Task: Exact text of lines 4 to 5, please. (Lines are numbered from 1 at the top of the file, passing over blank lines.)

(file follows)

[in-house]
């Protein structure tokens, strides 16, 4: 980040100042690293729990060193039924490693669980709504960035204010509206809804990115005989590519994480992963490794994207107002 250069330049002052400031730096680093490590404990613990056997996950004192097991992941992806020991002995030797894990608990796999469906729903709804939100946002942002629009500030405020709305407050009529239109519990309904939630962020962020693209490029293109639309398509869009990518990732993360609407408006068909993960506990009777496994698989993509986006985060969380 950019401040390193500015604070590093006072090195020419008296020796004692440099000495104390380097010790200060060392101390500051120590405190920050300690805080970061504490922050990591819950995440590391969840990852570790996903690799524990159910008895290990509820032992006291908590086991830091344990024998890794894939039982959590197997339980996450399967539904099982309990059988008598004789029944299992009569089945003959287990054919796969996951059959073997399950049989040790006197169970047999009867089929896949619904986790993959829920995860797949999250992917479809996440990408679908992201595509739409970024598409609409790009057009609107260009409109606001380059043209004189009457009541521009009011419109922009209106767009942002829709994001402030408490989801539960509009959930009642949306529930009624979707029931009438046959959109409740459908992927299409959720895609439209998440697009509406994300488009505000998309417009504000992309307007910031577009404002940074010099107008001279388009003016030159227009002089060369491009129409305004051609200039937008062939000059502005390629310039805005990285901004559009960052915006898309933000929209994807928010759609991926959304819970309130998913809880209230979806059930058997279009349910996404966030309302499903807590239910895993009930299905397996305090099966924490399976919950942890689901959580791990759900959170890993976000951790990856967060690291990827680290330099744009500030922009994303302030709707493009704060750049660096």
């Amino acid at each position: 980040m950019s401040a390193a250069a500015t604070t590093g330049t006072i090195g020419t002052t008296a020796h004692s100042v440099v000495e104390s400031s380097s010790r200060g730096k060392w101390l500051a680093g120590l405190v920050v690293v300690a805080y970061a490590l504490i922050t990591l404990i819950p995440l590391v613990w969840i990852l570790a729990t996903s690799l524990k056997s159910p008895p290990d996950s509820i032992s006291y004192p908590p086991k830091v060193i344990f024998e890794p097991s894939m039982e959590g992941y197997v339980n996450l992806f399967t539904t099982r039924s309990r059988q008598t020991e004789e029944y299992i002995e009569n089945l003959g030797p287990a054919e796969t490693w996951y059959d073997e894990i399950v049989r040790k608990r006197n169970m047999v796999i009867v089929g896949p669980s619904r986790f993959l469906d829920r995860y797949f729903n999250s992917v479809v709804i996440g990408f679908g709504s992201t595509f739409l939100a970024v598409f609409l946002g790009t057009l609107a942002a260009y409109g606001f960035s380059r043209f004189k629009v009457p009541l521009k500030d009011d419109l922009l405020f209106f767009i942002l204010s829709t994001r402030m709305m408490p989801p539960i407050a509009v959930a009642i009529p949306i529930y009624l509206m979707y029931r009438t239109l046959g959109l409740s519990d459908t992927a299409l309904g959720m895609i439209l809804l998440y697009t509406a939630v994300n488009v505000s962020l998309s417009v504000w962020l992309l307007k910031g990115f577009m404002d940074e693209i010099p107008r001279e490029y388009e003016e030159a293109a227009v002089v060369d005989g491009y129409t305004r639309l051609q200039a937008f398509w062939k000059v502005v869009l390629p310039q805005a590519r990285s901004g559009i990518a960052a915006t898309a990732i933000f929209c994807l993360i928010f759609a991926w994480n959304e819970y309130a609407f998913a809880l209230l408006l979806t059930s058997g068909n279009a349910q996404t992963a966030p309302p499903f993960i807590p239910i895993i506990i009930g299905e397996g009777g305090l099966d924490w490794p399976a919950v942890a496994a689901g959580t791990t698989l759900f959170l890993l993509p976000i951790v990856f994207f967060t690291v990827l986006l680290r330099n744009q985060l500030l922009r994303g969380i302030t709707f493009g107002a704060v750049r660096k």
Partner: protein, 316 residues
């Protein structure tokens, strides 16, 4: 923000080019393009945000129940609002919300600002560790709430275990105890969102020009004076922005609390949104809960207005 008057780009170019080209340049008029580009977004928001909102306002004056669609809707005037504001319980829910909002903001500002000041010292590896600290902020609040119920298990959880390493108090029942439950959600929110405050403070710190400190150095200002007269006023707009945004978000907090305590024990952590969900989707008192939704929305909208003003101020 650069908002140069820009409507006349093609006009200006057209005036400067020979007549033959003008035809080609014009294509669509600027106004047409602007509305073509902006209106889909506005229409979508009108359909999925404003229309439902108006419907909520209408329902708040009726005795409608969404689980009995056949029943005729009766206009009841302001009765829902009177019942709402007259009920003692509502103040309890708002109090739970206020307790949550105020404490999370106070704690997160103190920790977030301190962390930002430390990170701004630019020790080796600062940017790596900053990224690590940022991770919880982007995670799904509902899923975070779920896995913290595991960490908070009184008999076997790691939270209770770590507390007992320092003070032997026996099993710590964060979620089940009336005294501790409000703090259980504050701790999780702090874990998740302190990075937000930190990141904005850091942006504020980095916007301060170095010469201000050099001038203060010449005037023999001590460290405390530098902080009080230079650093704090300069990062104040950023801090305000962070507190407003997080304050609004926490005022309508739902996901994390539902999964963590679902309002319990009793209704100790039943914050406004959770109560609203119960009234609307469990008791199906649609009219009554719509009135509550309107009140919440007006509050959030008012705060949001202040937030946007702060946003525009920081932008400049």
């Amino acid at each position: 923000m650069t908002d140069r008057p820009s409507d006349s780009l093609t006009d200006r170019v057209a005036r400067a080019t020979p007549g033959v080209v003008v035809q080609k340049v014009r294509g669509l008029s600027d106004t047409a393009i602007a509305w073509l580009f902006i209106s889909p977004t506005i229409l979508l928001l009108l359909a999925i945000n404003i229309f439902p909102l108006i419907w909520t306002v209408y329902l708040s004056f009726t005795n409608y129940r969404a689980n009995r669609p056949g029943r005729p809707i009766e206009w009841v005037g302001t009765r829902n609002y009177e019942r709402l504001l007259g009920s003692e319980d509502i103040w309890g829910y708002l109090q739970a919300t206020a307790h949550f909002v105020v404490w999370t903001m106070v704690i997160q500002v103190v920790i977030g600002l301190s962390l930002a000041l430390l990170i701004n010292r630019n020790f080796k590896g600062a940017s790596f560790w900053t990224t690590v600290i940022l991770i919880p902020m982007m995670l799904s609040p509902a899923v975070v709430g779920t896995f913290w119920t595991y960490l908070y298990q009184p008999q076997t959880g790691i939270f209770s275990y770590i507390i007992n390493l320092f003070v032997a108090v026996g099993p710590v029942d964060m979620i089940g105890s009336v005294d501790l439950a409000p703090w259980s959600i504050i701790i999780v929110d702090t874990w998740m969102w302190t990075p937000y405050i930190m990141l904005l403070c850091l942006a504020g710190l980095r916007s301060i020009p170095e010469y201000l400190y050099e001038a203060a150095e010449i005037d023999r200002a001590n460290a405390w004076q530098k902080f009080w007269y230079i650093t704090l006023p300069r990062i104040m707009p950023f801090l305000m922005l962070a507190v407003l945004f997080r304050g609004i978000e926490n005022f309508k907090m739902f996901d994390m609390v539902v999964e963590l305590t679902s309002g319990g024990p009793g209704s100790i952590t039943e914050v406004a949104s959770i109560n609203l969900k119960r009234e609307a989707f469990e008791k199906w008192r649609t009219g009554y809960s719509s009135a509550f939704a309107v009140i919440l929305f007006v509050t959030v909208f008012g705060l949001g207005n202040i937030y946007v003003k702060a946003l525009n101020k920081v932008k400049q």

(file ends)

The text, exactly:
Partner: protein, 316 residues
């Protein structure tokens, strides 16, 4: 923000080019393009945000129940609002919300600002560790709430275990105890969102020009004076922005609390949104809960207005 008057780009170019080209340049008029580009977004928001909102306002004056669609809707005037504001319980829910909002903001500002000041010292590896600290902020609040119920298990959880390493108090029942439950959600929110405050403070710190400190150095200002007269006023707009945004978000907090305590024990952590969900989707008192939704929305909208003003101020 650069908002140069820009409507006349093609006009200006057209005036400067020979007549033959003008035809080609014009294509669509600027106004047409602007509305073509902006209106889909506005229409979508009108359909999925404003229309439902108006419907909520209408329902708040009726005795409608969404689980009995056949029943005729009766206009009841302001009765829902009177019942709402007259009920003692509502103040309890708002109090739970206020307790949550105020404490999370106070704690997160103190920790977030301190962390930002430390990170701004630019020790080796600062940017790596900053990224690590940022991770919880982007995670799904509902899923975070779920896995913290595991960490908070009184008999076997790691939270209770770590507390007992320092003070032997026996099993710590964060979620089940009336005294501790409000703090259980504050701790999780702090874990998740302190990075937000930190990141904005850091942006504020980095916007301060170095010469201000050099001038203060010449005037023999001590460290405390530098902080009080230079650093704090300069990062104040950023801090305000962070507190407003997080304050609004926490005022309508739902996901994390539902999964963590679902309002319990009793209704100790039943914050406004959770109560609203119960009234609307469990008791199906649609009219009554719509009135509550309107009140919440007006509050959030008012705060949001202040937030946007702060946003525009920081932008400049």